When there are absolutely no clues to a suspect where do you start your investigation? There is always somewhere to start. If we look at the victim and how they led their life that will usually provide some detail into how they died. This approach is called victimology. Also, who found them, what does the victims phone tell us; has the victim got a criminal history; what do their family and friends tell us; what do the neighbors say?

What’s the most unusual case you’ve had? The murder of William John Saunderson Smith in 2012. He was a recluse with no friends and no family who made millions by developing properties to rent to antipodeans. He would rip off the tenants and the builders, was extremely mysterious, and at the time of his death had sixty-eight mobile phones in his house that he would use for a few weeks to deceive tenants or builders, and then discard them. When he was killed we recovered over £440,000 in cash lying about his house in uncounted bundles. Needless to say, we had significant motives, and eventually we found one mobile record that showed a flicker of emotion to a text message since it finished with an ‘X’.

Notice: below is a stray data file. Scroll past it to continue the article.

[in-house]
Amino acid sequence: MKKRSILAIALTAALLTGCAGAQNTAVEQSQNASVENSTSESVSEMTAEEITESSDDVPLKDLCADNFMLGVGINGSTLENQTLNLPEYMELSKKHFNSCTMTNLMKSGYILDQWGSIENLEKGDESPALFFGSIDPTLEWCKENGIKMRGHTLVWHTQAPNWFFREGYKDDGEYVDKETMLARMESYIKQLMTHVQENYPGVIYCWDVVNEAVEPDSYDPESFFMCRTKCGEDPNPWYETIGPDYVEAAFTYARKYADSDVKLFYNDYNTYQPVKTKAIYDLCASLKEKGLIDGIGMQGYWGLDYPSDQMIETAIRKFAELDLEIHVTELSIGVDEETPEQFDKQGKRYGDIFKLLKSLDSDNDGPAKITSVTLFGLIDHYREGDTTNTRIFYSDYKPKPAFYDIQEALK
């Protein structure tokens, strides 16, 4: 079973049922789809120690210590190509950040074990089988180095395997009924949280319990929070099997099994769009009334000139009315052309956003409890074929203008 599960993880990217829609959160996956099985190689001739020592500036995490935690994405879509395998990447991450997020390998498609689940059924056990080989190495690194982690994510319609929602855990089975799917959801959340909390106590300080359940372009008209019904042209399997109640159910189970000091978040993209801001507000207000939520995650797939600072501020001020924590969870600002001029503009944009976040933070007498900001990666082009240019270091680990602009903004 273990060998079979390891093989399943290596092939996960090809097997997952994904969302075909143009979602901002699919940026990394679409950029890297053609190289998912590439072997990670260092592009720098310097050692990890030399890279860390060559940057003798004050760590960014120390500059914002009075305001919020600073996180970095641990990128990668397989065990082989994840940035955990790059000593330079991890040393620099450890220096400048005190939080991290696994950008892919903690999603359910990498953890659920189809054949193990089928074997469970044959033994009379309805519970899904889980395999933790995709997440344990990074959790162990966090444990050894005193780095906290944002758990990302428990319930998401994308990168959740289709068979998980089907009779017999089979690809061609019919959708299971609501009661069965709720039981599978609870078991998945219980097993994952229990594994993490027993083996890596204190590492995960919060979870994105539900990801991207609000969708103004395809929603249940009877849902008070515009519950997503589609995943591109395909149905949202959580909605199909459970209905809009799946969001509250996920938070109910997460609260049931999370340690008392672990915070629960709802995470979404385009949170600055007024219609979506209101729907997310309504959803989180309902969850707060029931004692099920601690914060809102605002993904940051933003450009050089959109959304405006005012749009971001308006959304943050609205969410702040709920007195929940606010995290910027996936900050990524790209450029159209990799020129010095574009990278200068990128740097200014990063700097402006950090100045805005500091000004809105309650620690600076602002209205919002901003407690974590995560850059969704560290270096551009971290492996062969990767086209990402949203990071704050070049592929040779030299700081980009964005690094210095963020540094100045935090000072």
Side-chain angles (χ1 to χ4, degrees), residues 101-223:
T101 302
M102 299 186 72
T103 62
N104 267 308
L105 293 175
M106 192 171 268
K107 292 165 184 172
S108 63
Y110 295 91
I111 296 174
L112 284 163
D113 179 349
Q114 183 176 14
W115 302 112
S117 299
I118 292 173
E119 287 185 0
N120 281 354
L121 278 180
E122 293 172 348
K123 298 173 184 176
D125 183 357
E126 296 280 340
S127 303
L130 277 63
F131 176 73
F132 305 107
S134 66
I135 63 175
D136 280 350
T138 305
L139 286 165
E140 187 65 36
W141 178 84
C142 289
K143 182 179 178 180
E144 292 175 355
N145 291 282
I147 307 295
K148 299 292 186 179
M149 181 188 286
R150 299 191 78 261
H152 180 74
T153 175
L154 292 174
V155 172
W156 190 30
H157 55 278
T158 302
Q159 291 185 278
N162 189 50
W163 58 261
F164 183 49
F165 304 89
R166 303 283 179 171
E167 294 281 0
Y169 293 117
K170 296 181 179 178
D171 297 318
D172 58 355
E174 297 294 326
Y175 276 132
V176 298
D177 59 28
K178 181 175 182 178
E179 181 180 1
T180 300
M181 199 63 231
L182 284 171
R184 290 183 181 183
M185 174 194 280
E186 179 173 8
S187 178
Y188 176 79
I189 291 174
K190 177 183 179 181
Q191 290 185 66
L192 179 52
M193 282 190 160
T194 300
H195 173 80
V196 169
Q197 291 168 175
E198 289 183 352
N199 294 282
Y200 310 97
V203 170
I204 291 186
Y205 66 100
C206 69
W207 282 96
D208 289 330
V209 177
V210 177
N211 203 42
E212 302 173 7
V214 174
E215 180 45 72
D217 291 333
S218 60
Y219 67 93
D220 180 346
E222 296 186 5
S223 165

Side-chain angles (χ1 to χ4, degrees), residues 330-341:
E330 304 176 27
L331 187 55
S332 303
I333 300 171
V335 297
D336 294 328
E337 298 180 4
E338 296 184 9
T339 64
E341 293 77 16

When we looked at who that text was sent to it was a polish builder named Dawid Rymar who had been working for him and he had left the country within a few hours of John’s death. We looked into Dawid and it all came together and two of his friends were also implicated. Dawid was invited back to the UK, and such was his arrogance that he returned and was subsequently arrested. Dawid and his two friends were each sentenced to life imprisonment, the mandatory sentence, with a minimum sentence of 30 years. He’ll not get any time off for good behavior, and won’t be eligible for release until he has served the full sentence.